Monday, April 30, 2012

Nosey Parkers

Matthew Parker, Archbishop of Canterbury 1559-1575
It's not clear just where the phrase "nosey parker" comes from.  Some think it's an allusion to the Bishop of Canterbury, Matthew Parker, who ordered up a number of investigations during his tenure.

The first evidence of the phrase in print is in 1890: "You're a asking' too many questions for me, there's too much of Mr. Nosey Parker about you, an' I'd 'ave you to know as I'm a laidee."  -- Mary Elizabeth Burden, in Belgravia magazine. 

I am thinking of this phrase as I read over our neighborhood blog last night.  There are a large number of highly educated people who live in the neighborhood and "keep an eye out" for anything that looks suspicious. In years past, some blocks in the neighborhood were part of a formal block watch program, where they actually received training in how to be observant and report anomalies and incidents to the police.

In the incident described last night to the blog, a stranger behaved suspiciously to the extent that one neighbor actually went out and questioned him about what he was doing in the neighborhood.  Evidently there were four other neighbors observing the episode as well.  The stranger was eventually retrieved by another person who described him as having MS and living a few blocks away.  Words were exchanged about how people have the right to walk around in neighborhoods if they wish to, without interference.  Nonetheless the neighbor who wrote up the event and who heard the explanation felt there was still something suspicious, and so he made a police report.  And then he asked for vindication on the neighborhood blog.  Shiver.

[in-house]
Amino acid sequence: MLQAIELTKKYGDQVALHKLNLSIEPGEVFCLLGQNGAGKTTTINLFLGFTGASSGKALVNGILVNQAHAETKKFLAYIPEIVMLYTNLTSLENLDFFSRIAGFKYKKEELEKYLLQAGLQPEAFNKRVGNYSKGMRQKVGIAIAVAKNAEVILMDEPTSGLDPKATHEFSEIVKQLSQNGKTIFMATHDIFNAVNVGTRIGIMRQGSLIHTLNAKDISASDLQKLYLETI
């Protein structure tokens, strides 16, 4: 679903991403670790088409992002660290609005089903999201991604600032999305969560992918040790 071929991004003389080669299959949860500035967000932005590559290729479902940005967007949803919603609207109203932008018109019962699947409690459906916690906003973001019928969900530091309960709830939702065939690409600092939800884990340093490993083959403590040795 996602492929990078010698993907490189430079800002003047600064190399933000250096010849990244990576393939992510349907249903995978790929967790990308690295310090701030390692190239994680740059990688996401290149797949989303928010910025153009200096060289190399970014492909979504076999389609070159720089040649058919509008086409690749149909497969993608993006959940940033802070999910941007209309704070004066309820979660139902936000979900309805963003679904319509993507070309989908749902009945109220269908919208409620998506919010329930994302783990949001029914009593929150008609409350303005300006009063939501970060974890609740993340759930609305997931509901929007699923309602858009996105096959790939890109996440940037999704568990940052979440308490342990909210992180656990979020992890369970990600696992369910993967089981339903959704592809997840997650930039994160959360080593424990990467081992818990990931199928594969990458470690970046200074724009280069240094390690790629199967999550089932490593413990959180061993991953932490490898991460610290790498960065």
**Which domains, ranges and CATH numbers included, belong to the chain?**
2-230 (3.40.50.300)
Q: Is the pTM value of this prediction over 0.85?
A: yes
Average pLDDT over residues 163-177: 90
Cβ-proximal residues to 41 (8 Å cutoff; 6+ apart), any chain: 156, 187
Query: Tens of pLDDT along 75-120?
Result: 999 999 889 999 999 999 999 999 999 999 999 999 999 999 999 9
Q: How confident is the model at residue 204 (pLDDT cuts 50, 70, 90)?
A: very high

Other neighbors weighed in on the issue, one in fact saying she would be glad to give up some privacy in the interests of shared neighborhood communications, thanking him for his vigilance. I should say, though, that there were an equal number who felt that such monitoring and reporting was over the line, expressed as sarcasm for the description of  "suspicious looking." 

This makes me worry that, if educated people model hyper-vigilant behavior in my neighborhood -- which is not, by the way, a gated community -- or if they worry about having to behave charitably during a disaster -- we have somehow walked away from the essential lessons I thought humanity taught us.  Do we really have to know a person to behave in a civil manner or to keep our nose out of their business?  Are strangers always evil? 

And where is the line between being situationally alert and aware and a "nosey parker?"  I have no good answers, but I do understand that block watch programs train you to call the police rather than to intervene directly.  I can understand where the anxiety comes from, but am uncomfortable with the manifestation of that anxiety, especially now that I've researched further and found that half the block watch programs in this country are self-organized, with no liaison or training to the local police department. 

1 comment:

  1. Yes, Annie, I wonder too, just where that line is. I recall a time years ago when my brother-in-law, visiting from MD, returned to our home after going out for a late morning run. My neighbor, whom I knew fairly well, phoned me to say, "Someone with an eye patch is trying to get in your front door." Uhh, that would be a family member, and our door was not locked; he was walking in the same door he had exited 40 minutes earlier. I tried to respond with civility, but, truth be told, it took some deep breathing on my part.

    In this case, his eye patch was the thing that caught my neighbor's attention, which truly was a shocking revelation to me. No, we don't have to know a person to behave in a civil manner. And it surely helps if we have a measure of sound judgement and tolerance that reach beyond our own sphere.